Following up on today’s print column (click) in which I show how Marxist socialistic government actually protects us from weeds here’s an article in the New York Times about all that evil regulation you keep hearing so much about.
Dan Linjenquist, candidate for senator, for example, railed on and on in my interview with him recently about how the Obama administration continues to foster too many “job killing” regulations, making it impossible to expand employment.
Interestingly, this article in the NYTimes (click) features a Centerville woman who has run up against a solid wall of regulation promoted, not by Obama, and not even by the Utah Legislature, but by the very industry she is trying to get a job in.
Yup, although I can see both sides of it.
Briefly, the woman wants to braid hair. That’s it, just braid hair. How hard is that? OK, she’s from Africa, the type of braiding one does with African women’s hair is more complex because their hair is more complex but, still, we’re talking hair braiding here, not brain surgery.
But in Utah to braid hair professionally, you have to have a cosmotology license and that takes two years and a grundle of money.
She can’t see the logic and asked for a waiver, but the state said no, you need the license, end of story.
On the other side of the coin, however, cosmotologists lobbied for the licensing originally, and lobbied against this lady being exempted. And I can see their point as well — fly-by-night hairdressers can both damage people’s hair and give the rest of the hairdressers a bad name. No doubt at some point in the past some hairdressers were doing just that, which raised the issue, which made cosmotologists ask the state to step in.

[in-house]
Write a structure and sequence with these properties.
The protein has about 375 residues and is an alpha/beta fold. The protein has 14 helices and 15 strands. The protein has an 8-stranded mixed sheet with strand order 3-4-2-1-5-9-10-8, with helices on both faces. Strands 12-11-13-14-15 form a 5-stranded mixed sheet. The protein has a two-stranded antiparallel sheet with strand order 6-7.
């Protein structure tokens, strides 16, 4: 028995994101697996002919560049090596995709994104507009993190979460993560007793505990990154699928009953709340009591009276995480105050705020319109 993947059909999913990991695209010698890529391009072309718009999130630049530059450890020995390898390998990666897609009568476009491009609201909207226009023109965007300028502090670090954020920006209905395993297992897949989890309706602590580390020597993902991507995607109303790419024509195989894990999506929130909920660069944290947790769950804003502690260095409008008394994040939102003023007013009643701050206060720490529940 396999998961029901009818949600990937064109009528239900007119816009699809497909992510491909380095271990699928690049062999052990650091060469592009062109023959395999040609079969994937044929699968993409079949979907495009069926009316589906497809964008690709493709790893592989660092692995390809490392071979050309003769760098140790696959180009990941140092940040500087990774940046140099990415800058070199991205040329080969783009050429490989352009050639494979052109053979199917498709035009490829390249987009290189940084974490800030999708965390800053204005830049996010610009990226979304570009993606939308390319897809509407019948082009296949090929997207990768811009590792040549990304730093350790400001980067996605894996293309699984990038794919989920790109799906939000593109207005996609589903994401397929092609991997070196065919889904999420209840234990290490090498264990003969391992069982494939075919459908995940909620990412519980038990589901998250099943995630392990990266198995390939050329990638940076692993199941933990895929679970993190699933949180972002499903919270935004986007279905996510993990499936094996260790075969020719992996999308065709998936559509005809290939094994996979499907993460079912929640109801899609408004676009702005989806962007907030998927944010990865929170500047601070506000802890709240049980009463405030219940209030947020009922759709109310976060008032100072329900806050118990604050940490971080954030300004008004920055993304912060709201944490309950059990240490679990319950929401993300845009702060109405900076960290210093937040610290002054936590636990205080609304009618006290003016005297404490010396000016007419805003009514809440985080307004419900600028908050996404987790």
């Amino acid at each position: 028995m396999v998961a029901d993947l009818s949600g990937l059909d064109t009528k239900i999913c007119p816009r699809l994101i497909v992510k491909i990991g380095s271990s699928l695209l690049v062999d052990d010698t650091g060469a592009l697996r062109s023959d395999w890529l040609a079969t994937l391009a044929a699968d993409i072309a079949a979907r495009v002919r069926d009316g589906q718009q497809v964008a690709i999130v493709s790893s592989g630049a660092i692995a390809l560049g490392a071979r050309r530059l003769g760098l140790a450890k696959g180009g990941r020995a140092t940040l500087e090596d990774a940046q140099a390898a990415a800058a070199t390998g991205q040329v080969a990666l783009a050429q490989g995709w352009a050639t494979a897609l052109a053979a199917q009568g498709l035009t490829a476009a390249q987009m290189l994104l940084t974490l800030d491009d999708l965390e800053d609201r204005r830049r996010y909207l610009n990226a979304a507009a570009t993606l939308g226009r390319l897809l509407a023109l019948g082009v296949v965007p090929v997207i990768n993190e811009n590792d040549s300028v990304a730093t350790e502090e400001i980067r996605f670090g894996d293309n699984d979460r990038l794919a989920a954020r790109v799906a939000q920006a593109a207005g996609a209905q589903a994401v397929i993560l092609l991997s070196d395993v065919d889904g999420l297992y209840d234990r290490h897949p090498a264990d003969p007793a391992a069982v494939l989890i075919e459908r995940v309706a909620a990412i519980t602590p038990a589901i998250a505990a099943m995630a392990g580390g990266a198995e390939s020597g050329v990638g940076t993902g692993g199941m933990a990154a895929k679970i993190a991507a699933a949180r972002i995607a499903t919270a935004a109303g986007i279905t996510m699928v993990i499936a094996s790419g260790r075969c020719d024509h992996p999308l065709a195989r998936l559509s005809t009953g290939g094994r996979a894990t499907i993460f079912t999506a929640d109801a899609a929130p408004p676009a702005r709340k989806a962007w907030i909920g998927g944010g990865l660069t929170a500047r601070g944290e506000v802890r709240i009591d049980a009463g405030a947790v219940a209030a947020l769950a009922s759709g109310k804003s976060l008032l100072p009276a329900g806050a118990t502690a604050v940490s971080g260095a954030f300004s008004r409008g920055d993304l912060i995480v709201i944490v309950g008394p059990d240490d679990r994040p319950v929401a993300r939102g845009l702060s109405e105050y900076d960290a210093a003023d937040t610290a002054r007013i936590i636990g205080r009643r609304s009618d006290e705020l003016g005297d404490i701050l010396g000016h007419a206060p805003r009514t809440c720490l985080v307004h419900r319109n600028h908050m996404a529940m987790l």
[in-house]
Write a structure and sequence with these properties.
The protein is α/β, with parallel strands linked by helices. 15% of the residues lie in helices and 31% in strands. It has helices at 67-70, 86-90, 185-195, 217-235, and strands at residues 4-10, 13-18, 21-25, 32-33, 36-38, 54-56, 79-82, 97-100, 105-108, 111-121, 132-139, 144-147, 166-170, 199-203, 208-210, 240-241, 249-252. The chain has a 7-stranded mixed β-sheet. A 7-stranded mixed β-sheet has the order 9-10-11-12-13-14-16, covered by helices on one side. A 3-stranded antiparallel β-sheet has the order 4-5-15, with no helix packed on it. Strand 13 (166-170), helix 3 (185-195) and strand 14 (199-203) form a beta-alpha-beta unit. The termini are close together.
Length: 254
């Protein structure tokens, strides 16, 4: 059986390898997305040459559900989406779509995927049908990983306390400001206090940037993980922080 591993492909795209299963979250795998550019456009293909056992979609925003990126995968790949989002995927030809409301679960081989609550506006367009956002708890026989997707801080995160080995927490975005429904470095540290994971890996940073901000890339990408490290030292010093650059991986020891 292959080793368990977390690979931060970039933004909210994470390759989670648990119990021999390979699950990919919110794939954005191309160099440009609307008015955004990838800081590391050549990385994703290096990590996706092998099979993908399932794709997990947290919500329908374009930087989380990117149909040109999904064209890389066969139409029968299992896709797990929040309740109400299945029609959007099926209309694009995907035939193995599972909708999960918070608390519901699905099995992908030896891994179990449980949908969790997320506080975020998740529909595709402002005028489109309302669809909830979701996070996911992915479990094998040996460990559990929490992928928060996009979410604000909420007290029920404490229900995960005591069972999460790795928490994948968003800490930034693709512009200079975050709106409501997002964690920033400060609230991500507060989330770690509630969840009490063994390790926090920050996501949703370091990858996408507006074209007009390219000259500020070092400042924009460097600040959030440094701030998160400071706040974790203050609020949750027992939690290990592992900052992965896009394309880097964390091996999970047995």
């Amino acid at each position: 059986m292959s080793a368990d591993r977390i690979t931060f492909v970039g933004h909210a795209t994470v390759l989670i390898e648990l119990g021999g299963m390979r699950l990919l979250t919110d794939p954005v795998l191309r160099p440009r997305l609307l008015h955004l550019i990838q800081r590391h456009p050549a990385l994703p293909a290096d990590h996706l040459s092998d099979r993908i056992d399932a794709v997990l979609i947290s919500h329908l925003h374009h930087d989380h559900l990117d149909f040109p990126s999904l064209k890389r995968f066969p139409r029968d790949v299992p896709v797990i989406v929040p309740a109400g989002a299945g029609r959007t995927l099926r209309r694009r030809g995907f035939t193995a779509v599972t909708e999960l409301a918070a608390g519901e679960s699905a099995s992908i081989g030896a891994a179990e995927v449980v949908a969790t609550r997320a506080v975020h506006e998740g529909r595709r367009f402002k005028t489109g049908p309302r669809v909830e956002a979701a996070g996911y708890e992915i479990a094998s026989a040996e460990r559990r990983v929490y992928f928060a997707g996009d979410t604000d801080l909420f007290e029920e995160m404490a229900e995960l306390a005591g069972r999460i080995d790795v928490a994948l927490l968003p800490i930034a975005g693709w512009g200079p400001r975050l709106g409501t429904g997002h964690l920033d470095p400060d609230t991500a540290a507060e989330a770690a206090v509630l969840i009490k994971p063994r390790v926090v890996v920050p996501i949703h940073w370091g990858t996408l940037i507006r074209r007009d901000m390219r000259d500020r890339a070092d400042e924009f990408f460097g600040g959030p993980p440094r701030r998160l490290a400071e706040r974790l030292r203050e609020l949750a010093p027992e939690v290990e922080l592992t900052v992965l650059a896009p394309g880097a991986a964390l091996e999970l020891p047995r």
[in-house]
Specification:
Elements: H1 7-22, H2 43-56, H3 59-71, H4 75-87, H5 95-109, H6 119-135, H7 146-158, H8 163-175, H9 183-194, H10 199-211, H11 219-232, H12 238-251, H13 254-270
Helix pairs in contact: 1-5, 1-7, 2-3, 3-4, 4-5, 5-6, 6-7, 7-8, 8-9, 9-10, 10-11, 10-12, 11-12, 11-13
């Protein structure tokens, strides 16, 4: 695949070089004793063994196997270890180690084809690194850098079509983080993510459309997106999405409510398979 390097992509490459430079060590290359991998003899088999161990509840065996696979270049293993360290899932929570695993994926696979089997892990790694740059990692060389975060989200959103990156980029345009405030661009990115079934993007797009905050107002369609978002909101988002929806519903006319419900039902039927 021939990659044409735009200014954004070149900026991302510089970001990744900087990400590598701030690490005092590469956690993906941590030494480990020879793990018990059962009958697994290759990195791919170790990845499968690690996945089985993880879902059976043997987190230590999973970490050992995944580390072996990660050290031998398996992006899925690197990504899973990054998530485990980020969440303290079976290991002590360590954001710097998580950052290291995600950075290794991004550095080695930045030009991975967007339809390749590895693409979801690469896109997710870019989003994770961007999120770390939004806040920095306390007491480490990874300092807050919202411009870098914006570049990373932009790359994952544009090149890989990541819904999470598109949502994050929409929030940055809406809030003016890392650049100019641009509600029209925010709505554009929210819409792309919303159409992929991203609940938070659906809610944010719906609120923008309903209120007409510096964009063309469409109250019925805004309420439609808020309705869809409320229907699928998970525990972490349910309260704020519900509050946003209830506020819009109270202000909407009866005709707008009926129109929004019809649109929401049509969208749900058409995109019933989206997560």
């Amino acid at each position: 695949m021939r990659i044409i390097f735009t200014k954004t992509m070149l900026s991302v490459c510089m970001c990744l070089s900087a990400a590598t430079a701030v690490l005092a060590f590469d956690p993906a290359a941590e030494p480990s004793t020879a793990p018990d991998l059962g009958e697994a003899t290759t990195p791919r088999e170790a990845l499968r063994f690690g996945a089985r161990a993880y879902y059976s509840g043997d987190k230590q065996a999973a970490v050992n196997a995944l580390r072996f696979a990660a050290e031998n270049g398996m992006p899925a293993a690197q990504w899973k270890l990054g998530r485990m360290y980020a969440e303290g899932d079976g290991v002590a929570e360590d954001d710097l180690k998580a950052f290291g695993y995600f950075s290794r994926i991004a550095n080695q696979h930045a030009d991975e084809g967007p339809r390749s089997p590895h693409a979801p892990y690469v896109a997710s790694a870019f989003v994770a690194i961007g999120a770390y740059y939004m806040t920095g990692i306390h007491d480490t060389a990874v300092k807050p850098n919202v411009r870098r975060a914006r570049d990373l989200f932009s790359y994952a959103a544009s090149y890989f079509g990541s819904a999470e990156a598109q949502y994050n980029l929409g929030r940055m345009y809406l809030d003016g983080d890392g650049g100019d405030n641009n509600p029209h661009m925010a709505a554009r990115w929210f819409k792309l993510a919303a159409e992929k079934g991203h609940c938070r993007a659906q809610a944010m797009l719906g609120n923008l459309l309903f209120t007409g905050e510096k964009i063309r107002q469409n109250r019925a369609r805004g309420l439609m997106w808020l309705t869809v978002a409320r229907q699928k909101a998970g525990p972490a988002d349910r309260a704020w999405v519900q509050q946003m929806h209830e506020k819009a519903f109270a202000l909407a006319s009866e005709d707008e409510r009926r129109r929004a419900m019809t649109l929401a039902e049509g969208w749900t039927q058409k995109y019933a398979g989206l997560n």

Tattoo artists recently asked the state for more regulatory oversight of their business for the same reason.
By having the state regulate, the cosmotology business protects itself. If this makes it hard for a seemingly legit hair braider to hang up her shingle, well, those are the breaks. From what I can gather from some of the comments on the story, braiding isn’t as simple as it sounds and can cause damage and hair loss, so perhaps there’s a point to it all.
Bottom line here, though: Government regulation is not some agency willy-nilly being a dictator for no good reason. Regulations come about because there is a need for them, just as government agencies do.
Do some regulations and agencies outlive their usefulness? Sure.
But the current “do away with government and regulation” mania sweeping the country is way too broad a brush.